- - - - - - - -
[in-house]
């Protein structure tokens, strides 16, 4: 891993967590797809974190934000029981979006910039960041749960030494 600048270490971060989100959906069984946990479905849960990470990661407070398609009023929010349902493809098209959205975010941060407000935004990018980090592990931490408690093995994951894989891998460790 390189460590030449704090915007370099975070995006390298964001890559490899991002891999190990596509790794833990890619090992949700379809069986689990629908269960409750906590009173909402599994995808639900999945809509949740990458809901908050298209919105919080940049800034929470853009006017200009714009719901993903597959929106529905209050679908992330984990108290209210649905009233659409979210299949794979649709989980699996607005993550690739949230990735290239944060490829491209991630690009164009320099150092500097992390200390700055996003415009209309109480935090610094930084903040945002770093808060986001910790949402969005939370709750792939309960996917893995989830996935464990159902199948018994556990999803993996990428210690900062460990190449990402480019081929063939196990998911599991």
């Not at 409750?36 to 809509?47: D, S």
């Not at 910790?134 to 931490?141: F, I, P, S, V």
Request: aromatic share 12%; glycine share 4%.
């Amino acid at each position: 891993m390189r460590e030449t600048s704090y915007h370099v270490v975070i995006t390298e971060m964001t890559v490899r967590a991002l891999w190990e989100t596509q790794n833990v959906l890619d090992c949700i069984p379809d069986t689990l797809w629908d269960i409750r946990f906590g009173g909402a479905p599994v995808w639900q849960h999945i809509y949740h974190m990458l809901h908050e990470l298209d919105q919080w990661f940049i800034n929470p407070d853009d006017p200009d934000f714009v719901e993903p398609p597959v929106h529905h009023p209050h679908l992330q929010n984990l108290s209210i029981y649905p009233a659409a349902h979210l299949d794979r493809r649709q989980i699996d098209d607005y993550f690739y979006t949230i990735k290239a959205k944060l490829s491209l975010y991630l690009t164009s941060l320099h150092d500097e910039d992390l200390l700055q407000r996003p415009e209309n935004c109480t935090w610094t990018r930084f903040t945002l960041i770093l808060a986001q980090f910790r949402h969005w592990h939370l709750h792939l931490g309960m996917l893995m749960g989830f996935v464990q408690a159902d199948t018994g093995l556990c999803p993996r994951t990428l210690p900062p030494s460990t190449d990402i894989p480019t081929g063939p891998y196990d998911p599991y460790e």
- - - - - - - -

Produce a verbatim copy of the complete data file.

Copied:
[in-house]
């Protein structure tokens, strides 16, 4: 891993967590797809974190934000029981979006910039960041749960030494 600048270490971060989100959906069984946990479905849960990470990661407070398609009023929010349902493809098209959205975010941060407000935004990018980090592990931490408690093995994951894989891998460790 390189460590030449704090915007370099975070995006390298964001890559490899991002891999190990596509790794833990890619090992949700379809069986689990629908269960409750906590009173909402599994995808639900999945809509949740990458809901908050298209919105919080940049800034929470853009006017200009714009719901993903597959929106529905209050679908992330984990108290209210649905009233659409979210299949794979649709989980699996607005993550690739949230990735290239944060490829491209991630690009164009320099150092500097992390200390700055996003415009209309109480935090610094930084903040945002770093808060986001910790949402969005939370709750792939309960996917893995989830996935464990159902199948018994556990999803993996990428210690900062460990190449990402480019081929063939196990998911599991």
């Not at 409750?36 to 809509?47: D, S």
């Not at 910790?134 to 931490?141: F, I, P, S, V």
Request: aromatic share 12%; glycine share 4%.
């Amino acid at each position: 891993m390189r460590e030449t600048s704090y915007h370099v270490v975070i995006t390298e971060m964001t890559v490899r967590a991002l891999w190990e989100t596509q790794n833990v959906l890619d090992c949700i069984p379809d069986t689990l797809w629908d269960i409750r946990f906590g009173g909402a479905p599994v995808w639900q849960h999945i809509y949740h974190m990458l809901h908050e990470l298209d919105q919080w990661f940049i800034n929470p407070d853009d006017p200009d934000f714009v719901e993903p398609p597959v929106h529905h009023p209050h679908l992330q929010n984990l108290s209210i029981y649905p009233a659409a349902h979210l299949d794979r493809r649709q989980i699996d098209d607005y993550f690739y979006t949230i990735k290239a959205k944060l490829s491209l975010y991630l690009t164009s941060l320099h150092d500097e910039d992390l200390l700055q407000r996003p415009e209309n935004c109480t935090w610094t990018r930084f903040t945002l960041i770093l808060a986001q980090f910790r949402h969005w592990h939370l709750h792939l931490g309960m996917l893995m749960g989830f996935v464990q408690a159902d199948t018994g093995l556990c999803p993996r994951t990428l210690p900062p030494s460990t190449d990402i894989p480019t081929g063939p891998y196990d998911p599991y460790e």